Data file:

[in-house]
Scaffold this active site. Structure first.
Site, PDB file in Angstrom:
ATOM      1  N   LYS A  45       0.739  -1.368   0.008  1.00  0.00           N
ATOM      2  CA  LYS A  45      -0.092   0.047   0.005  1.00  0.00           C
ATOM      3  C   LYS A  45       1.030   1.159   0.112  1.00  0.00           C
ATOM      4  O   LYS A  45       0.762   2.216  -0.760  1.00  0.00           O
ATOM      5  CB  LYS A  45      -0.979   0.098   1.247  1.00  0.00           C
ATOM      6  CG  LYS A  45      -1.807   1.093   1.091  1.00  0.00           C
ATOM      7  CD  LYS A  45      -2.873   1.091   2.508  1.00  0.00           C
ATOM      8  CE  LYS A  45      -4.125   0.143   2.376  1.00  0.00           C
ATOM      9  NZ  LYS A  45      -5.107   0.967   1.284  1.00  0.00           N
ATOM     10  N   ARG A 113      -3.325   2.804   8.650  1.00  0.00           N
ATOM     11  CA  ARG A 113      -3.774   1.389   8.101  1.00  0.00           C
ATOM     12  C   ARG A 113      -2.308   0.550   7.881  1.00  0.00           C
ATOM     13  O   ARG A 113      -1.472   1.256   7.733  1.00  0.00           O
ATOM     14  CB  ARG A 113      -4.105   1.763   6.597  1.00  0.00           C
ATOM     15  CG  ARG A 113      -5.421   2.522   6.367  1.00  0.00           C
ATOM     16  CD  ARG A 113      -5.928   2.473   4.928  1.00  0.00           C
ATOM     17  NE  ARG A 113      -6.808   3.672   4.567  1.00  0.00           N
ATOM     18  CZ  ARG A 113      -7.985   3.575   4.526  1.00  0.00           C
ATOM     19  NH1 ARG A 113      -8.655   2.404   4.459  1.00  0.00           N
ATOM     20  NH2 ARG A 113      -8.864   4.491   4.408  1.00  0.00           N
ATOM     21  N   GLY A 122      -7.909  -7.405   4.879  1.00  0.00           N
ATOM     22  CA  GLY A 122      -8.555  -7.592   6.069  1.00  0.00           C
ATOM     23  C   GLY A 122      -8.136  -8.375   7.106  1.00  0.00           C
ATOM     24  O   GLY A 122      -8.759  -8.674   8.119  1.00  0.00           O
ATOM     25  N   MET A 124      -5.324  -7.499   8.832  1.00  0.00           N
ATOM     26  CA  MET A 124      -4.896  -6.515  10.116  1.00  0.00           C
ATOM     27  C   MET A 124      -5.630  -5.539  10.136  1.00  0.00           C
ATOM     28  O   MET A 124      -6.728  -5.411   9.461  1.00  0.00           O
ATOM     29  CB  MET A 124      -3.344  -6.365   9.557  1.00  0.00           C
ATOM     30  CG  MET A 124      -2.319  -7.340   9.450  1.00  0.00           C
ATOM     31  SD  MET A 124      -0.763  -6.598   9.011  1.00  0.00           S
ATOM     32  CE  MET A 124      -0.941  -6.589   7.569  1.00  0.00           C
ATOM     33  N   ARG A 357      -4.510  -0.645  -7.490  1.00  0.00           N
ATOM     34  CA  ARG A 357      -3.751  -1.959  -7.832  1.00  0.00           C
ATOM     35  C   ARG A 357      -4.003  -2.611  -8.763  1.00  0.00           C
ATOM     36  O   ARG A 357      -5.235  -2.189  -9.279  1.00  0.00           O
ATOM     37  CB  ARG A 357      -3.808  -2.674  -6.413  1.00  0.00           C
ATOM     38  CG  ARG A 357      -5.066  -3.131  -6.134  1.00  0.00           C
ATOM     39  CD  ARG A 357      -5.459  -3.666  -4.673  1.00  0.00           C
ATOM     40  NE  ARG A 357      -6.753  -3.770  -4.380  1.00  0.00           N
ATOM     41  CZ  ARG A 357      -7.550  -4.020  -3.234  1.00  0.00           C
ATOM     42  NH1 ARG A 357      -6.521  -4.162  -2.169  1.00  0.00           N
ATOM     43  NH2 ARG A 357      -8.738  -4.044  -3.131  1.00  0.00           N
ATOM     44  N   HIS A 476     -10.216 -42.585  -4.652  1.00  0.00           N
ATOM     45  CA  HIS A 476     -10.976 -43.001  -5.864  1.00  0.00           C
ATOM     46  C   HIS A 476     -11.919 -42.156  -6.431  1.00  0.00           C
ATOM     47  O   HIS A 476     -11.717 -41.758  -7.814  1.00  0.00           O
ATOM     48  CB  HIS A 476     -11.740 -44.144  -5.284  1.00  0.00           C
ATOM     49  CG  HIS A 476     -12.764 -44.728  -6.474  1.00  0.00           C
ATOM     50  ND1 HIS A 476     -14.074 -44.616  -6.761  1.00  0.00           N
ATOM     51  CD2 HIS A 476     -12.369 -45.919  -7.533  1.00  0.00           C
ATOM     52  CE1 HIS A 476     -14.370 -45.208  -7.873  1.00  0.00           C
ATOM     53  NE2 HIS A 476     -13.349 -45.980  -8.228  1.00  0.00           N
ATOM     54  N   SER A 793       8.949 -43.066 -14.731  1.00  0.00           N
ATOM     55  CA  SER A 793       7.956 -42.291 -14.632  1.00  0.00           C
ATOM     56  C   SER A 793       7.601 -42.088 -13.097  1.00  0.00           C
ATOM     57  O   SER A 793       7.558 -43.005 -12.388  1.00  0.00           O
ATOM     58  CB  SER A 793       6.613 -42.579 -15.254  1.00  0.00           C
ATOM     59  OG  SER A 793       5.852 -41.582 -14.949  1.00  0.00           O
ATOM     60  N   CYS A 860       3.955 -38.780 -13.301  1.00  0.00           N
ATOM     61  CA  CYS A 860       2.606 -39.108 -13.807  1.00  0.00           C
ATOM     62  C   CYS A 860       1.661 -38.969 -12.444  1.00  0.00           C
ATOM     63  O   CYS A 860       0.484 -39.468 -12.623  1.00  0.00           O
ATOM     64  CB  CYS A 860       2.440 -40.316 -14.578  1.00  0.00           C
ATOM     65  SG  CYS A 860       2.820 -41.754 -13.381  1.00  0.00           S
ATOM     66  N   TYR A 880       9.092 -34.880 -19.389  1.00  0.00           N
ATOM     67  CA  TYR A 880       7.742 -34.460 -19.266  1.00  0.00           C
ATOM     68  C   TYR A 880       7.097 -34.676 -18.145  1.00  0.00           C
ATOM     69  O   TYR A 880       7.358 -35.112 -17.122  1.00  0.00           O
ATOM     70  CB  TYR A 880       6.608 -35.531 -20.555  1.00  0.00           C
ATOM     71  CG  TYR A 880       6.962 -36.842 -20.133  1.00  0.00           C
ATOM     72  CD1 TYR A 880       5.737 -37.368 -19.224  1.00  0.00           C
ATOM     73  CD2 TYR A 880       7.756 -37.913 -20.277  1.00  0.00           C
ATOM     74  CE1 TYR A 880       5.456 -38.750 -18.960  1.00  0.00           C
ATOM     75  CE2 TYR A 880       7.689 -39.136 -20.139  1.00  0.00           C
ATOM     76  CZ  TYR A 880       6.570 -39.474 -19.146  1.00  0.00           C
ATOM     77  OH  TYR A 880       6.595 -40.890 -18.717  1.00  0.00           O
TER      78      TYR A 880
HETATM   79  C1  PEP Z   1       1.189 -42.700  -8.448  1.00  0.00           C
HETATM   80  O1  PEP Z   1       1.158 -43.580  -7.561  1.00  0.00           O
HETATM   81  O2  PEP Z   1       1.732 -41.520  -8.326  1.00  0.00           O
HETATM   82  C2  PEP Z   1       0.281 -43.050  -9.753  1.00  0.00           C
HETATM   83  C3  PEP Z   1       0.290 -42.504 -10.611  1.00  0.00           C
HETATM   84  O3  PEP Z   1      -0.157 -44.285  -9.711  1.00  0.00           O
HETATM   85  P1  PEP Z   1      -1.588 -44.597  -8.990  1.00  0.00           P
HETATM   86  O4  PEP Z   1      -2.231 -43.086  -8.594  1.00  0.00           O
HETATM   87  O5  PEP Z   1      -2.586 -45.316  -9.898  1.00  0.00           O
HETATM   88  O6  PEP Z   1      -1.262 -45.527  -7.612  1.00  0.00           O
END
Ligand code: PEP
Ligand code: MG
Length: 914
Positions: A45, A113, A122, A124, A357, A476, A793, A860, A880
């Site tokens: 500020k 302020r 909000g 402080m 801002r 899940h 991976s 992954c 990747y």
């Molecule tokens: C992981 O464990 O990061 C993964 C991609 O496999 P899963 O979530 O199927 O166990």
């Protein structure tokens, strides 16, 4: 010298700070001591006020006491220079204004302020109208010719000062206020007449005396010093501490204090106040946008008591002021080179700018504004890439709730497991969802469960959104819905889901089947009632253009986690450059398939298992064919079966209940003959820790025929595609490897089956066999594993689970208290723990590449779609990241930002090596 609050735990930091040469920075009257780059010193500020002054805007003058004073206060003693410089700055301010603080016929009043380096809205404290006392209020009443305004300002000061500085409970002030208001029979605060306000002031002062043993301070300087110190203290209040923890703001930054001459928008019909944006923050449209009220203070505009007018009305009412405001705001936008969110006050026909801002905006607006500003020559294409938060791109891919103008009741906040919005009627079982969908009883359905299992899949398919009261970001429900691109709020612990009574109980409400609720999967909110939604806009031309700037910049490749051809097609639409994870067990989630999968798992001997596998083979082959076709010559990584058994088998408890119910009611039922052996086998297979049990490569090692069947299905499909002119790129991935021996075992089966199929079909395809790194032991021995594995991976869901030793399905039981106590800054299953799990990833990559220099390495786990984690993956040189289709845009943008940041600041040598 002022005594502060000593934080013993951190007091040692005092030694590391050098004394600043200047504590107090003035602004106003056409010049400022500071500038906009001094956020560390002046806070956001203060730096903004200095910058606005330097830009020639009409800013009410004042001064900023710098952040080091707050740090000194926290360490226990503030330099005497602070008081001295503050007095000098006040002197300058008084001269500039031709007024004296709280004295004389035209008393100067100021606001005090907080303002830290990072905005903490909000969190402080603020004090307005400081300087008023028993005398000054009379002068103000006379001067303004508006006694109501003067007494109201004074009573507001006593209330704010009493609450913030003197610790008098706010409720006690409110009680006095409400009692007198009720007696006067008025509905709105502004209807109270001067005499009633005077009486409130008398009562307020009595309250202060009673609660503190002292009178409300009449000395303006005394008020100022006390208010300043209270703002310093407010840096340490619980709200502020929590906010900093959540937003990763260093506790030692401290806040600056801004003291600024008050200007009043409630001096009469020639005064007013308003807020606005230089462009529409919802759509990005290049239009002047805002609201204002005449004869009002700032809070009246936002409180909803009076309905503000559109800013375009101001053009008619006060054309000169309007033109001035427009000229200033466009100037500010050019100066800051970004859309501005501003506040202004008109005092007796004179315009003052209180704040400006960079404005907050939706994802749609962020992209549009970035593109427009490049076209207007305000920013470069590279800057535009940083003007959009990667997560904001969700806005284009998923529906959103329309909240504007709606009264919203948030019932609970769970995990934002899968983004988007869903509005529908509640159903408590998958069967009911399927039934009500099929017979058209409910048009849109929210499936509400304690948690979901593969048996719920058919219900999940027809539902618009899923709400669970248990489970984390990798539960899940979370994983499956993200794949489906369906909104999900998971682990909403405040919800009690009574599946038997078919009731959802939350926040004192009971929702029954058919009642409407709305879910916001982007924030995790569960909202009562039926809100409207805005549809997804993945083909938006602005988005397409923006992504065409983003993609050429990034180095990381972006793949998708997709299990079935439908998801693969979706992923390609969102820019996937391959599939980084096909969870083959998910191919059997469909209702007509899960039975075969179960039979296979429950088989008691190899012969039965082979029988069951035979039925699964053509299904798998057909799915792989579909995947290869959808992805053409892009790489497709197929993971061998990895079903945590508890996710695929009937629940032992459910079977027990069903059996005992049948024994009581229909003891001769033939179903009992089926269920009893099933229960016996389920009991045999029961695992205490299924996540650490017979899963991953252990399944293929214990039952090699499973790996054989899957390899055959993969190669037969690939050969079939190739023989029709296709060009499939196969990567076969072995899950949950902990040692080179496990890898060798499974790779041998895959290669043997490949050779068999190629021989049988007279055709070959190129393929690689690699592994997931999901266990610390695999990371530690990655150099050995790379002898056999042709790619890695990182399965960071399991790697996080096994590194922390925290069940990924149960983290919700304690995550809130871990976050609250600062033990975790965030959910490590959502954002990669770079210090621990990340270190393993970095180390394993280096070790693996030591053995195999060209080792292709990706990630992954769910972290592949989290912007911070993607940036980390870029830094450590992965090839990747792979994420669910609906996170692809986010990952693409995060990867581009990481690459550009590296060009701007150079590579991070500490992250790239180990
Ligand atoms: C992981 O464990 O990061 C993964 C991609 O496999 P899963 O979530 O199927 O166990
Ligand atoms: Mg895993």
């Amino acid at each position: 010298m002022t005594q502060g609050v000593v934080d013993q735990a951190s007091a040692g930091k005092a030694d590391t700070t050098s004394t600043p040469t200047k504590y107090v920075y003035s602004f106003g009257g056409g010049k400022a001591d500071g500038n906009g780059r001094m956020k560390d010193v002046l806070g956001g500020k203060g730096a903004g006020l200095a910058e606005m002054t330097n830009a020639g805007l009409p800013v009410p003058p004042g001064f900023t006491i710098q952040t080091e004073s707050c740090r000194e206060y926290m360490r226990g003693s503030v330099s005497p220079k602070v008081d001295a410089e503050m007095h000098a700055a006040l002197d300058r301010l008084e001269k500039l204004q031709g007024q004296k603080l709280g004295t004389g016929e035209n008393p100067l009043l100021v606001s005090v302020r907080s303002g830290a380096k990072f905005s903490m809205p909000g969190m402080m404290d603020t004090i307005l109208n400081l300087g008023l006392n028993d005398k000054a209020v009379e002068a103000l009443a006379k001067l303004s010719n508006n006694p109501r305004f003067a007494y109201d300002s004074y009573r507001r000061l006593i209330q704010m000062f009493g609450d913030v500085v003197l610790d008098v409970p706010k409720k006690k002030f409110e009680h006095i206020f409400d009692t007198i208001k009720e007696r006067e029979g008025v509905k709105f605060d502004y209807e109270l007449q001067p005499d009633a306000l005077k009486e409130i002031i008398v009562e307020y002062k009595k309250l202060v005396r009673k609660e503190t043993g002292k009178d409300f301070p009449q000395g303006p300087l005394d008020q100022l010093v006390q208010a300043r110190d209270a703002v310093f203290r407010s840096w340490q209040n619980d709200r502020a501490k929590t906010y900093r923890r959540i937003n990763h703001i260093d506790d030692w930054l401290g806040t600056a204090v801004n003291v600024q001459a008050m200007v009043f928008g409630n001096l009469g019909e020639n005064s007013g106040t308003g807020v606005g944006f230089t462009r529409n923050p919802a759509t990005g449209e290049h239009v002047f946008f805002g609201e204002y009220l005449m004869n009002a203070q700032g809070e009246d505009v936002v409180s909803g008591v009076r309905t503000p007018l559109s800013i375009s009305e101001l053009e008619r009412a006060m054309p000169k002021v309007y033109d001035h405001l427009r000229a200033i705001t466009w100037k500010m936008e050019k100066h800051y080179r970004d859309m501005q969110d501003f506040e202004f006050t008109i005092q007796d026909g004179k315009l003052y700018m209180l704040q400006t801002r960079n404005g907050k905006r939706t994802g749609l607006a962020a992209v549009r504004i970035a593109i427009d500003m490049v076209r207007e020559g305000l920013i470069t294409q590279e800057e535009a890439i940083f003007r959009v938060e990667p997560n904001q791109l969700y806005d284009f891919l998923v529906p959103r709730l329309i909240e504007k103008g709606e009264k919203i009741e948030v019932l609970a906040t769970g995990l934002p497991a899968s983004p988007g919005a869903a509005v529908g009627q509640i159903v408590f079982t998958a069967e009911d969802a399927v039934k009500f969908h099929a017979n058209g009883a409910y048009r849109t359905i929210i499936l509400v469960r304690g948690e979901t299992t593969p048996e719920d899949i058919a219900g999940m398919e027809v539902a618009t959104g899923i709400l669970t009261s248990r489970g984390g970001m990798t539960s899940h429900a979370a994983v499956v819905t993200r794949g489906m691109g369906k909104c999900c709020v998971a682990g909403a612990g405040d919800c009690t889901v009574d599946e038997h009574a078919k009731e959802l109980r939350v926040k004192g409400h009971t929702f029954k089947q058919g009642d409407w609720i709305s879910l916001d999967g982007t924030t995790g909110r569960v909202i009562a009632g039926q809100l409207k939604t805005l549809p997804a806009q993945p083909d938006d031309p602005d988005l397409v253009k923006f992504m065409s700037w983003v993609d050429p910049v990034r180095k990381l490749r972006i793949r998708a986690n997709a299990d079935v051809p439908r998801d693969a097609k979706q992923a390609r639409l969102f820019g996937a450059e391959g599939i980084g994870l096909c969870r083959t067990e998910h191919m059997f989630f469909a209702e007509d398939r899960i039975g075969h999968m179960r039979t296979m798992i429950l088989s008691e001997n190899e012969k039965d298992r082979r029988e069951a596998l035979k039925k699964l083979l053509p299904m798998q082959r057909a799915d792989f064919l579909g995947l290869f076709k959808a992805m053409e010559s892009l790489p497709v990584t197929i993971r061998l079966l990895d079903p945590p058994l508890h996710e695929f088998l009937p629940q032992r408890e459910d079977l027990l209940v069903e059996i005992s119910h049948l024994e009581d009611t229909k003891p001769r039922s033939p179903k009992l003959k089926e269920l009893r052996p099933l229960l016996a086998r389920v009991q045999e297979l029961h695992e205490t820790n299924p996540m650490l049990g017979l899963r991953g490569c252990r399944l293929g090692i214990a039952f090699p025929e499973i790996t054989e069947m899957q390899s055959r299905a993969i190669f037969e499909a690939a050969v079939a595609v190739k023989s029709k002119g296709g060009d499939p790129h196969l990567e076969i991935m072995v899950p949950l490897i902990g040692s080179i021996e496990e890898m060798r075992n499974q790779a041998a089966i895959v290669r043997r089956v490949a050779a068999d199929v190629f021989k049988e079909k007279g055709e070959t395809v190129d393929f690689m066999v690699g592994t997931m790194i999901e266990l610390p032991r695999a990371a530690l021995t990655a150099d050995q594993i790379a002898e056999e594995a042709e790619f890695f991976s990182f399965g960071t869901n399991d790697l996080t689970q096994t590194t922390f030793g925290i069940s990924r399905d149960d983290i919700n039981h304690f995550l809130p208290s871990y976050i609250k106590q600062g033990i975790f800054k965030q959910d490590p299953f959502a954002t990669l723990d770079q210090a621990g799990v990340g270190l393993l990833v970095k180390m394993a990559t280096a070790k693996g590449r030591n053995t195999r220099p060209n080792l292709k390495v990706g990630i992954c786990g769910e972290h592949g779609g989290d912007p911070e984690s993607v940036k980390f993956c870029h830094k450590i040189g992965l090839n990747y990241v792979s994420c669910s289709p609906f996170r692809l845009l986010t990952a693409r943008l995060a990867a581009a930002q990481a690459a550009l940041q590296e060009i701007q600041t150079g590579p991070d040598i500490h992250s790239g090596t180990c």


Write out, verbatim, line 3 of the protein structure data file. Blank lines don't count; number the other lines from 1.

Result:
Site, PDB file in Angstrom: